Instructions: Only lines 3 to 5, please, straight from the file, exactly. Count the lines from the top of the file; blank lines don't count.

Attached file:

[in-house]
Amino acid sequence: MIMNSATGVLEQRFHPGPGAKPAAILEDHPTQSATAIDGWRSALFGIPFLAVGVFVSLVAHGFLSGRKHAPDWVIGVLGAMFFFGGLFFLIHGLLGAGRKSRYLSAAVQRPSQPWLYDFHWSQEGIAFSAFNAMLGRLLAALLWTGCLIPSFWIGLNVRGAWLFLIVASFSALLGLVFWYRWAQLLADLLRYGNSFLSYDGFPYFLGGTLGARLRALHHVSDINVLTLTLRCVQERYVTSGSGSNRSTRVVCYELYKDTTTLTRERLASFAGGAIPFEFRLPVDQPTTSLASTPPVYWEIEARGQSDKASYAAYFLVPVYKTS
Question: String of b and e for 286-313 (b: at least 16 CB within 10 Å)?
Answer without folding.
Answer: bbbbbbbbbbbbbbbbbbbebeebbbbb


Question: String of b and e for 286-313 (b: at least 16 CB within 10 Å)?
Answer without folding.
Answer: bbbbbbbbbbbbbbbbbbbebeebbbbb